Oh oh! Can you imagine what this could mean? Columbia engineers created a new AI that shatters the long-held belief in forensics–that fingerprints from different fingers of the same person are unique. According to the AI effort, they are similar, but it seems we’ve been comparing fingerprints incorrectly!
Fingerprints have been the forensic gold standard for linking criminals to a crime. However, when a criminal leaves prints from different fingers at two separate crime scenes, linking the two crimes is difficult. Until now, we believed that the fingerprints of different fingers of the same person–“intra-person fingerprints”–are unique and, therefore, unmatchable.
A Columbia Engineering research team challenged the widely held presumption. They found a public U.S. government database of approximately 60,000 fingerprints and fed them into an AI-based deep contrastive network in pairs. Sometimes the pairs belonged to the same person (but different fingers), but sometimes they belonged to different people.
The AI system improved at telling when seemingly unique fingerprints belonged to the same person and when they didn’t, reaching 77% accuracy for a single pair. When the team presented multiple pairs, the accuracy was significantly higher, increasing current forensic efficiency more than tenfold.
When the team tried to publish its results in a well-known forensic journal, it rejected them with a note from the anonymous expert reviewer and editor concluding, “It is well known that every fingerprint is unique,” so it wouldn’t be possible to detect similarities even if the prints came from the same person.
So, the team went back to work. They re-verified their findings and taught their AI system even more. They tried to publish their results to a more general audience and were again rejected.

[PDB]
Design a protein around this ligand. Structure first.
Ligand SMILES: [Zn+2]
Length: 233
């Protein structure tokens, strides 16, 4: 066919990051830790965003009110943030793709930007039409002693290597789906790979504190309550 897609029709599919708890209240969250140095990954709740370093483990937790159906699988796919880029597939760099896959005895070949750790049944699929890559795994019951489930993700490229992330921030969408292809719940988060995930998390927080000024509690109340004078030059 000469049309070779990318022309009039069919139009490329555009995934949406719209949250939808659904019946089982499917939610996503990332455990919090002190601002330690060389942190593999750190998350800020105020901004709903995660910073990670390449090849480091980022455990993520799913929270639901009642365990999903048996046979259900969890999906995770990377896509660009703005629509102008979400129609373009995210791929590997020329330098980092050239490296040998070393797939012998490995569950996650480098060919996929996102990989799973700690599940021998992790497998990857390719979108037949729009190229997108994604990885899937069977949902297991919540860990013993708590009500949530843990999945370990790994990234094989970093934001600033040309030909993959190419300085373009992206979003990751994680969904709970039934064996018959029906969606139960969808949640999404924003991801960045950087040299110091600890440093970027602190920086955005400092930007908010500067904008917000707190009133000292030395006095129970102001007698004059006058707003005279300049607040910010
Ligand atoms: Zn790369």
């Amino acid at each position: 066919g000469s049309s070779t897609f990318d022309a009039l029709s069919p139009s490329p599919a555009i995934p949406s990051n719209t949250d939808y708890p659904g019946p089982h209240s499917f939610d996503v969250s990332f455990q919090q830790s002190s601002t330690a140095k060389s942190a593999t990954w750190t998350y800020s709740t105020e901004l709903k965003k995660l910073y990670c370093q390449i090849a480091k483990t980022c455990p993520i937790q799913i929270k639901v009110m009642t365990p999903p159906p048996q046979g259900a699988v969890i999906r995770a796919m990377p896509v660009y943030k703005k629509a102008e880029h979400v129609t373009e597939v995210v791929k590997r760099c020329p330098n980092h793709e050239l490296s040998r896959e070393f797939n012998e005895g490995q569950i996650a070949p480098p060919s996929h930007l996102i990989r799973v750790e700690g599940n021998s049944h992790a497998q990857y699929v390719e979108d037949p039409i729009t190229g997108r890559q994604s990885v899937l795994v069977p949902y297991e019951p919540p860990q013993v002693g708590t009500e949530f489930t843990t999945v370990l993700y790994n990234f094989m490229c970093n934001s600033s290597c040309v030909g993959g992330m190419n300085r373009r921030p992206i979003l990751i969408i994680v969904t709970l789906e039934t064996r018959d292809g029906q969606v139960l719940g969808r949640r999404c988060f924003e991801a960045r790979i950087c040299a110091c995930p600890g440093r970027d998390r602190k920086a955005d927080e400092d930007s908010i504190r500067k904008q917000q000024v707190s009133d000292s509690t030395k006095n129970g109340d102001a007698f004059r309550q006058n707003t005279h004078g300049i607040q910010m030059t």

Tenacity pays, however. Lipson, the James and Sally Scapa Professor of Innovation in the Department of Mechanical Engineering and co-director of the Makerspace Facility, appealed, saying: “I don’t normally argue editorial decisions, but this finding was too important to ignore,” he said. “If this information tips the balance, then I imagine that cold cases could be revived, and even that innocent people could be acquitted.”
After more back and forth, the paper was finally accepted for publication by Science Advances.
One of the main challenges to this new tech was the question of what alternative information the AI used that has evaded decades of forensic analysis. After carefully visualizing the AI system’s decision process, the team concluded that the AI used a new type of forensic marker. Instead of using the branchings and endpoints in fingerprint ridges (called minutiae), the AI system focused on the angles and curvatures of the swirls and loops in the center of the fingerprint.
The authors presented evidence indicating that the AI performs similarly across genders and races where samples were available. They say that more careful validation needs to be done using datasets with broader coverage if this technique is to be used in practice.
The system’s accuracy isn’t sufficient to officially decide a case, but it can help prioritize leads in ambiguous situations.